The 2-year old vine before being pruned







What the vine should look like when done.

Pruning Grapes

It is now the season to prune grapes.  Grapes should be pruned during the dormant season, late November to February.  Pruning grapes insure that they stay tidy, but also it insure a production of quality fruit, by limiting the number of bunches to what the vine can support. 

The type of pruning I have been using is a cane pruning.  It is well adapted to European vines in Arizona, and it works fine for me since I needed a vine just tall enough to cover a swimming pool fence.  Other configurations can be more tricky, but the principles are the same.

When pruning an existing vine, a very important fact to remember, is that any wood 3 years or older has generally no viable bud.  This means that if you are pruning severely an overgrown vine, you have to look for recent wood.  In some case, large section of the vine have to be removed.

For this reason,  It is really much better to prune your vine every year rather than waiting to have an unmanageable mess.

Planting time
New vines can be obtained bare root at the local nursery, or from cuttings that you started a year before.  With bare roots, you need to discard the packaging: do not use any of the wood shaving or other packing material in the hole for the young vine.  Trim any broken root, and soak the vine in water for several hours.
The vine is generally shortened to 2 spurs.  Water after planting.

Second year
The second year, you might have a cane reaching where you want.  You need to tie it in the proper place.  It will be the trunk of the final vine.  The problem you have now, is that you have a large number of buds that will try to start all at the same time in spring.  This requires rubbing off some of them as you set the cane, and removing some later in the year as they are growing.  The goal is to leave only 3 or 4 strong ones.  In any case you should remove every flowers from the grape this year, to let the vine concentrate on wood production.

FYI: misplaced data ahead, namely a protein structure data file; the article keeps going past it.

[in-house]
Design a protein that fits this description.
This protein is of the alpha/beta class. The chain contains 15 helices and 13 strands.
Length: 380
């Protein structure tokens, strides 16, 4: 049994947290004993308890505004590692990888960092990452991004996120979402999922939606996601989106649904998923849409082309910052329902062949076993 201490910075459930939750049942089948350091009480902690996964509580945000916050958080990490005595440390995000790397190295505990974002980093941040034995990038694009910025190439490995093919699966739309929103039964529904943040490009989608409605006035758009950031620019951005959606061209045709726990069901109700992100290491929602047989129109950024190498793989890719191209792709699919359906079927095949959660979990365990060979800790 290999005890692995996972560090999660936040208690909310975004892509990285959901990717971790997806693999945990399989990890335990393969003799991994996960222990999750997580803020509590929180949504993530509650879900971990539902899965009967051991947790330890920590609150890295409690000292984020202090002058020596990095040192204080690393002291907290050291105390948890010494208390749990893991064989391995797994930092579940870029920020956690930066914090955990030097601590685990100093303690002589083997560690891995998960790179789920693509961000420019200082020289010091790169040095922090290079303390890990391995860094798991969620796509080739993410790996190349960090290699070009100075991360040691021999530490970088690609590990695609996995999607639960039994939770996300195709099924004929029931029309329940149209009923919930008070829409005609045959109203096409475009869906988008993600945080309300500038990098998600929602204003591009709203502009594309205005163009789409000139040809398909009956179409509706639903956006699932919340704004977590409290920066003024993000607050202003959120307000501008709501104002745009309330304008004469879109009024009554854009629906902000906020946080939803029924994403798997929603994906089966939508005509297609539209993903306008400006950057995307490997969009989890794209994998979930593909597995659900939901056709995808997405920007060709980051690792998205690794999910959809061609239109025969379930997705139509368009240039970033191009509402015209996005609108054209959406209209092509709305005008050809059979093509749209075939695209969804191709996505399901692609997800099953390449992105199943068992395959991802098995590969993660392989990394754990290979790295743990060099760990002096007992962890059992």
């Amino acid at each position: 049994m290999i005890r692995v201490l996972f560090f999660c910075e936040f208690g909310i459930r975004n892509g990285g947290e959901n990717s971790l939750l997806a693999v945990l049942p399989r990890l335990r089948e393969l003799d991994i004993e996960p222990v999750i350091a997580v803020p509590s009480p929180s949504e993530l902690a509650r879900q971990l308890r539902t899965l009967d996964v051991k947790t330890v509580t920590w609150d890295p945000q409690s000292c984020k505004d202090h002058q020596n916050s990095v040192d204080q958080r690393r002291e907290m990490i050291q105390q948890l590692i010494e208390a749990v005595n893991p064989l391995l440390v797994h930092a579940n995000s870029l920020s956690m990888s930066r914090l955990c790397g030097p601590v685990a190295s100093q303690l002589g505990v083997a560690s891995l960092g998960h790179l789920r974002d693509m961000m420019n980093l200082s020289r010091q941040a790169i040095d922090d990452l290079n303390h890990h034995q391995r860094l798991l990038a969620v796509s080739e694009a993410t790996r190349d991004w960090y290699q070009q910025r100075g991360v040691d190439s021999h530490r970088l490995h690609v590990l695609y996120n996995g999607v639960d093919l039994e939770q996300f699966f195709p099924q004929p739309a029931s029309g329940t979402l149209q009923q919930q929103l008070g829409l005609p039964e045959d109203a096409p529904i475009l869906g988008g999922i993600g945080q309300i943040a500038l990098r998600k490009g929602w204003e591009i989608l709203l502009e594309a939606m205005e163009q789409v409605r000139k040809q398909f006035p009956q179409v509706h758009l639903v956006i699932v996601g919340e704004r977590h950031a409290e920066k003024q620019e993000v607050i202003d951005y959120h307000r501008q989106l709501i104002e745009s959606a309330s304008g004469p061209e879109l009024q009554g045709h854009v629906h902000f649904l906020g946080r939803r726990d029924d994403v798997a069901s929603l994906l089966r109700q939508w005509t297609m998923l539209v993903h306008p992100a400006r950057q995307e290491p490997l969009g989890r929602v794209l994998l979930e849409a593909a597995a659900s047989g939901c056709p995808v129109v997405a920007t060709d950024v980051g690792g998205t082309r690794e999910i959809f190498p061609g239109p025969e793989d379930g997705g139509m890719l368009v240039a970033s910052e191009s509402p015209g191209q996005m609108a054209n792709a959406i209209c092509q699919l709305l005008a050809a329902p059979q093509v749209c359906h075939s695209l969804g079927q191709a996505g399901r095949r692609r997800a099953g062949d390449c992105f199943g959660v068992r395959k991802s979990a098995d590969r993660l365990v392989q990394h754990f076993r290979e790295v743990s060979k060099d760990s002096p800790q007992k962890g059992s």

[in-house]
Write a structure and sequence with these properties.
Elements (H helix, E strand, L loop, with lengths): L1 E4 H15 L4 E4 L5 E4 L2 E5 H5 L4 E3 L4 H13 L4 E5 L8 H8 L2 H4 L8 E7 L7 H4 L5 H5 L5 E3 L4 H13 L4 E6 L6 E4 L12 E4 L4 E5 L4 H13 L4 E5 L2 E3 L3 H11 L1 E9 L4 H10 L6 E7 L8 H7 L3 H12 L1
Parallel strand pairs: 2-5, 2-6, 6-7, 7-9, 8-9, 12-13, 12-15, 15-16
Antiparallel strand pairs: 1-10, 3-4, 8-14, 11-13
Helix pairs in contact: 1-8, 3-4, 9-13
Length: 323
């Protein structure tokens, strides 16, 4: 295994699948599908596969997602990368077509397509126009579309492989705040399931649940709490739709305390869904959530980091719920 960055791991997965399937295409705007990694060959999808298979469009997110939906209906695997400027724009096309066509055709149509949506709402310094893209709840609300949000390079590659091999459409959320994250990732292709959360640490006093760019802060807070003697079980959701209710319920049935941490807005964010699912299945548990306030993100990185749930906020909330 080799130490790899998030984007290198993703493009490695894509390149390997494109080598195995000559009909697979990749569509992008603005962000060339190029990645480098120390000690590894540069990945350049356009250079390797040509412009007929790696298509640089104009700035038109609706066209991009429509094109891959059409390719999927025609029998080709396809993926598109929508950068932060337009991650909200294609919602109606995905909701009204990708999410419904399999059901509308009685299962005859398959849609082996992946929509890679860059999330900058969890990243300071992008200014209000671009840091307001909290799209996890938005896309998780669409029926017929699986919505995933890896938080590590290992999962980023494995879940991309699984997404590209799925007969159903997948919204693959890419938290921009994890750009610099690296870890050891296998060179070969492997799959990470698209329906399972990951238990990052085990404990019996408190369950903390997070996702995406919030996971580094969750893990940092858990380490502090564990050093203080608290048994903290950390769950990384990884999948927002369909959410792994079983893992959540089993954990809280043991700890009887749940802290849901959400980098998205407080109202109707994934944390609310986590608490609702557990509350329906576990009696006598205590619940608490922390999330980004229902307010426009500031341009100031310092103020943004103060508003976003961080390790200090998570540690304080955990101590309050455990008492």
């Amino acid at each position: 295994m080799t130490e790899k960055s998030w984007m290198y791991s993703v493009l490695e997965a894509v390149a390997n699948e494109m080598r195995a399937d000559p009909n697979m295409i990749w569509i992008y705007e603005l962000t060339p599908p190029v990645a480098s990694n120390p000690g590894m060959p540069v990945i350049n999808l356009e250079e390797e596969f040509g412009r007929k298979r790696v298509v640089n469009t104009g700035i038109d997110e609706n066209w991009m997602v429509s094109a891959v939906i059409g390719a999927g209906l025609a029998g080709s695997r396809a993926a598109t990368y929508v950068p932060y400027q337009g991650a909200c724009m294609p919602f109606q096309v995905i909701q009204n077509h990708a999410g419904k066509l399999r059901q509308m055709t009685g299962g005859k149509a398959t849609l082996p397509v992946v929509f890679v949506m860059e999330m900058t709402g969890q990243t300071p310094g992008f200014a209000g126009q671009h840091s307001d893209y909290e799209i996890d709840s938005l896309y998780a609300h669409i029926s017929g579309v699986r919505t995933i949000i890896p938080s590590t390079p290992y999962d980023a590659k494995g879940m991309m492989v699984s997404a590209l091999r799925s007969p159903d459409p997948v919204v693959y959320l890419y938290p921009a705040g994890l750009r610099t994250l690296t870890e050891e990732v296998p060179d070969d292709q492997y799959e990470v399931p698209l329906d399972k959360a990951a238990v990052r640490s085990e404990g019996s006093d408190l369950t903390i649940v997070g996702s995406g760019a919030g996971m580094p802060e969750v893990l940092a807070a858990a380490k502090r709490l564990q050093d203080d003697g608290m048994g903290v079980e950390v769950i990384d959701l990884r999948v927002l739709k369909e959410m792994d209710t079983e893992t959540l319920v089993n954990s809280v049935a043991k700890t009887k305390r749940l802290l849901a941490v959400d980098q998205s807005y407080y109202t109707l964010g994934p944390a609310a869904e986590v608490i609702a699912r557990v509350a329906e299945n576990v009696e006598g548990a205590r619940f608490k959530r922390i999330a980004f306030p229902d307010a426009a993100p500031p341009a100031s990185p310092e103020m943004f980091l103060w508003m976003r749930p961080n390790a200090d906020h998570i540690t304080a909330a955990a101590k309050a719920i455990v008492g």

Third year and after
The vine should now have grossly the shape you are looking for.  If you are trying to grow it on an arbor, it might take longer, and then follow the same instructions as the second year. 

We now want to trim the vine to keep it balanced and to limit the fruit production, so that the grapes are of good size.  This is done by controlling the number of live buds on the previous year wood.  The simplest way is to prune selected canes from last year to a short stub and eliminate the rest.  These stubs should show at least 2 good looking buds, but up to 4 depending on the type of vine, and growing conditions.  If you are in area that might freeze hard or freeze late as the buds have started growing, you want to leave more.

In the spring, as the vine starts, each bud will start a new cane, and with it a flower structure that will turn in a bunch of grapes.  Canes started later in the spring and summer will not have any grapes for that year.

As the vine grows older, you can have more fruiting canes, and more spurs, to increase the production of grapes.

Pruning grapes is generally easy and satisfying.  The biggest point is to do it every year, so that the situation doesn't get out of hand.  The canes that you take off when pruning, can be used for cuttings (check the article about this).

Good luck!


More information about pruning grapes from the University of Missouri

A new vine before it is pruned and planted



The newly planted vine pruned to 2 short spurs



The spurs is what will provide next year growth.  Each bud will start a new stem, and one bunch of grapes.

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